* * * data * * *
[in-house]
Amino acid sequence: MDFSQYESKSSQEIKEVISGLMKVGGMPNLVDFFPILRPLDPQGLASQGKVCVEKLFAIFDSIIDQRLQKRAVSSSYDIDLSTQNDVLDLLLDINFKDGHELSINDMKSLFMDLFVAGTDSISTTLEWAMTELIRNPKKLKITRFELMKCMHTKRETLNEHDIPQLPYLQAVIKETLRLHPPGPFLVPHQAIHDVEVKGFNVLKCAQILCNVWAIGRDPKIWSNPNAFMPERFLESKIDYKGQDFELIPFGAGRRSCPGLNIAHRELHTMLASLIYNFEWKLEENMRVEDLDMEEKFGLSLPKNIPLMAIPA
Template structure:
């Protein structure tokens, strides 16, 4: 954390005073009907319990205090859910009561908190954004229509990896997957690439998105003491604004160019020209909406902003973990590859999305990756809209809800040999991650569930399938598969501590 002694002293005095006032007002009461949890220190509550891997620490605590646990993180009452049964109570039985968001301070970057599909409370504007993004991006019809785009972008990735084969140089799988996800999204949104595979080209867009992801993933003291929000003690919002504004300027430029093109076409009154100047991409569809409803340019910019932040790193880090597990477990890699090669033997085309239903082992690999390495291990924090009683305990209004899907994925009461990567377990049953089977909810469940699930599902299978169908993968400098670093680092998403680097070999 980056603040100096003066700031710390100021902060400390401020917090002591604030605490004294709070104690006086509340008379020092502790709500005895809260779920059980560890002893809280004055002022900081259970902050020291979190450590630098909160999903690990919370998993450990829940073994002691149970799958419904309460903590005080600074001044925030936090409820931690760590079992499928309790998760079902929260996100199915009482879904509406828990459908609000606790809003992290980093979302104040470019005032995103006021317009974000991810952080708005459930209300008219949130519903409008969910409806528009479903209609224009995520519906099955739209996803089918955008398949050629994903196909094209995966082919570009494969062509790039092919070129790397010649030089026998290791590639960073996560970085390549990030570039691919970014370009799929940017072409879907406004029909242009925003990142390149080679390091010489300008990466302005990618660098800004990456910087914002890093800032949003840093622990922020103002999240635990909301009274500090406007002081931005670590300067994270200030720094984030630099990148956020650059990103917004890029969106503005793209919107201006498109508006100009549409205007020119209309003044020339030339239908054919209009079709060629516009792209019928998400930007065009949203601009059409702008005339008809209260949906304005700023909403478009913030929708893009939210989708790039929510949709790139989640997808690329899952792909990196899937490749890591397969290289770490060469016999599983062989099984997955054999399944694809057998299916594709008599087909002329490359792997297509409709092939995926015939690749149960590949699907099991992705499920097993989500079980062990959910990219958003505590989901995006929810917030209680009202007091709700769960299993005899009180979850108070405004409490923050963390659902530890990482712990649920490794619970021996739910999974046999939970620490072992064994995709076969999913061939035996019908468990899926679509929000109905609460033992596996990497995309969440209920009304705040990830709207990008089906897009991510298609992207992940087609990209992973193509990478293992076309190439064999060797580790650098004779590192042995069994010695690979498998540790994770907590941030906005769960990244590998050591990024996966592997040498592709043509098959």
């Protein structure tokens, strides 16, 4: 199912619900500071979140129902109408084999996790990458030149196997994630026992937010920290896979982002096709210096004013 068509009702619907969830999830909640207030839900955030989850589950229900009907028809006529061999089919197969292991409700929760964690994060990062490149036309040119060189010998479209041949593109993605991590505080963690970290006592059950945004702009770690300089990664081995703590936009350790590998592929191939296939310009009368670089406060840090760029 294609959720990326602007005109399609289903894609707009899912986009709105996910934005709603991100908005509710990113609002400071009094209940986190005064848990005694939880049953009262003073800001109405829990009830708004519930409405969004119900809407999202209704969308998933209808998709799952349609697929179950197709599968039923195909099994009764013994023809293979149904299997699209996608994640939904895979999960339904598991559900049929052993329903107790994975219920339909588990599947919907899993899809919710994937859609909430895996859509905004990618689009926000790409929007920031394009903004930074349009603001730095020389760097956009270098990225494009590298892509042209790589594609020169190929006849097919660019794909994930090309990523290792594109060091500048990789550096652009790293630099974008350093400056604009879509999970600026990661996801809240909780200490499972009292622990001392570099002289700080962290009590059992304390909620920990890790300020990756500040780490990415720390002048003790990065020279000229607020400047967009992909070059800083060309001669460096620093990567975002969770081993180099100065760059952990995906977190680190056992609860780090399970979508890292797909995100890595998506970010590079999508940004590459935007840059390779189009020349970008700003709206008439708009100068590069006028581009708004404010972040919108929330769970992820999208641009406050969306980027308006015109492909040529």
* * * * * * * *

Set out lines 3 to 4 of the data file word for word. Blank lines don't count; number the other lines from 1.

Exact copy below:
Template structure:
């Protein structure tokens, strides 16, 4: 954390005073009907319990205090859910009561908190954004229509990896997957690439998105003491604004160019020209909406902003973990590859999305990756809209809800040999991650569930399938598969501590 002694002293005095006032007002009461949890220190509550891997620490605590646990993180009452049964109570039985968001301070970057599909409370504007993004991006019809785009972008990735084969140089799988996800999204949104595979080209867009992801993933003291929000003690919002504004300027430029093109076409009154100047991409569809409803340019910019932040790193880090597990477990890699090669033997085309239903082992690999390495291990924090009683305990209004899907994925009461990567377990049953089977909810469940699930599902299978169908993968400098670093680092998403680097070999 980056603040100096003066700031710390100021902060400390401020917090002591604030605490004294709070104690006086509340008379020092502790709500005895809260779920059980560890002893809280004055002022900081259970902050020291979190450590630098909160999903690990919370998993450990829940073994002691149970799958419904309460903590005080600074001044925030936090409820931690760590079992499928309790998760079902929260996100199915009482879904509406828990459908609000606790809003992290980093979302104040470019005032995103006021317009974000991810952080708005459930209300008219949130519903409008969910409806528009479903209609224009995520519906099955739209996803089918955008398949050629994903196909094209995966082919570009494969062509790039092919070129790397010649030089026998290791590639960073996560970085390549990030570039691919970014370009799929940017072409879907406004029909242009925003990142390149080679390091010489300008990466302005990618660098800004990456910087914002890093800032949003840093622990922020103002999240635990909301009274500090406007002081931005670590300067994270200030720094984030630099990148956020650059990103917004890029969106503005793209919107201006498109508006100009549409205007020119209309003044020339030339239908054919209009079709060629516009792209019928998400930007065009949203601009059409702008005339008809209260949906304005700023909403478009913030929708893009939210989708790039929510949709790139989640997808690329899952792909990196899937490749890591397969290289770490060469016999599983062989099984997955054999399944694809057998299916594709008599087909002329490359792997297509409709092939995926015939690749149960590949699907099991992705499920097993989500079980062990959910990219958003505590989901995006929810917030209680009202007091709700769960299993005899009180979850108070405004409490923050963390659902530890990482712990649920490794619970021996739910999974046999939970620490072992064994995709076969999913061939035996019908468990899926679509929000109905609460033992596996990497995309969440209920009304705040990830709207990008089906897009991510298609992207992940087609990209992973193509990478293992076309190439064999060797580790650098004779590192042995069994010695690979498998540790994770907590941030906005769960990244590998050591990024996966592997040498592709043509098959």